The present technology of smart homes features multiple systems that can interact using the Internet. From manipulating common appliances to regulating heating system from a remote area, the applications of the “Internet of Things (IoT)” is growing rapidly.
At the same time, 2 researchers, Ming-Chun Huang and Soumyajit Mandal, both Assistant Professors of Electrical Engineering and Computer Science in Case Western Reserve University are experimenting on a different system. Their method utilizes new sensors that will be able to perceive sounds, vibrations, movements and even alterations in the electrical field of a house. These sensors could be placed in the walls and floor will be able to capture someone's activity. “We are using principles similar to those of the human ear, where vibrations are picked up and our algorithms decipher them to determine your specific movements. That’s why we call it the ‘Internet of Ears,” Prof. Huang stated while he admits that this technology is about a decade away.
Prof. Mandal explains how the sensors can manipulate the electrical field of a room in order to perceive the presense of people. “There is actually a constant 60 Hz electrical field all around us, and because people are somewhat conductive, they short out the field just a little. So, by measuring the disturbance in that field, we are able to determine their presence, or even their breathing, even when there are no vibrations associated with sound,” he said.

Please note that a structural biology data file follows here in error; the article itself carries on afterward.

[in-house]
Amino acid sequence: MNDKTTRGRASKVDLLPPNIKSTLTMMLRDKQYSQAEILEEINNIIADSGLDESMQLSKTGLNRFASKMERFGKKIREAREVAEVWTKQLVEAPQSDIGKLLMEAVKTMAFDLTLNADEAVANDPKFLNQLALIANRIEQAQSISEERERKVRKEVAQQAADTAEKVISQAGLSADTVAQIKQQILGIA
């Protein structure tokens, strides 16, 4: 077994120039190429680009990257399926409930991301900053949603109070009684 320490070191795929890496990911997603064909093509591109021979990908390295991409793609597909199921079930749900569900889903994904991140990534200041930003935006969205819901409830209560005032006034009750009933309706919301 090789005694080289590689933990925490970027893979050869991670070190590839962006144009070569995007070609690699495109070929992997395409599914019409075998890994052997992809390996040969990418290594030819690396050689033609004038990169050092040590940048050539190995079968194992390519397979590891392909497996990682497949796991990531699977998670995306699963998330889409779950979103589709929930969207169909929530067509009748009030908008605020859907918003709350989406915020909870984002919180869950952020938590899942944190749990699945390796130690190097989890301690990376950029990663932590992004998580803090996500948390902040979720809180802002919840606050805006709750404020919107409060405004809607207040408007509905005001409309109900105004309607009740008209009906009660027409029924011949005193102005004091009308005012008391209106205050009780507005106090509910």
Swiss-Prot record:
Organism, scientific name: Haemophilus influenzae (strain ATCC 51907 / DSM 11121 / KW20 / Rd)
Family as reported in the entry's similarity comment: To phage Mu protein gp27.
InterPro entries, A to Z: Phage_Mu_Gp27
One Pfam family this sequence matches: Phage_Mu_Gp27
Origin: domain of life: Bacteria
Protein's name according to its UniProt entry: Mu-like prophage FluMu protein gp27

The researchers elaborated about the benefits of the method that they suggest. First of all, the sensors will provide the ability to measure a building's human occupancy which will be critical in cases of emergencies like hurricanes or severe earthquakes. “This hasn’t really been explored as far as we’ve seen, but we know that humans create a dynamic load on buildings, especially in older buildings. In collaboration with our colleague YeongAe Heo in Civil Engineering , we are trying to predict if there is going to be structural damage because of the increased weight or load based on the number of people on the floor or how they are distributed on that floor,” Prof. Huand stated. Moreover, houses will be more energy efficient as the elecrtical and heating systems will adjust to the location of the humans at a given time.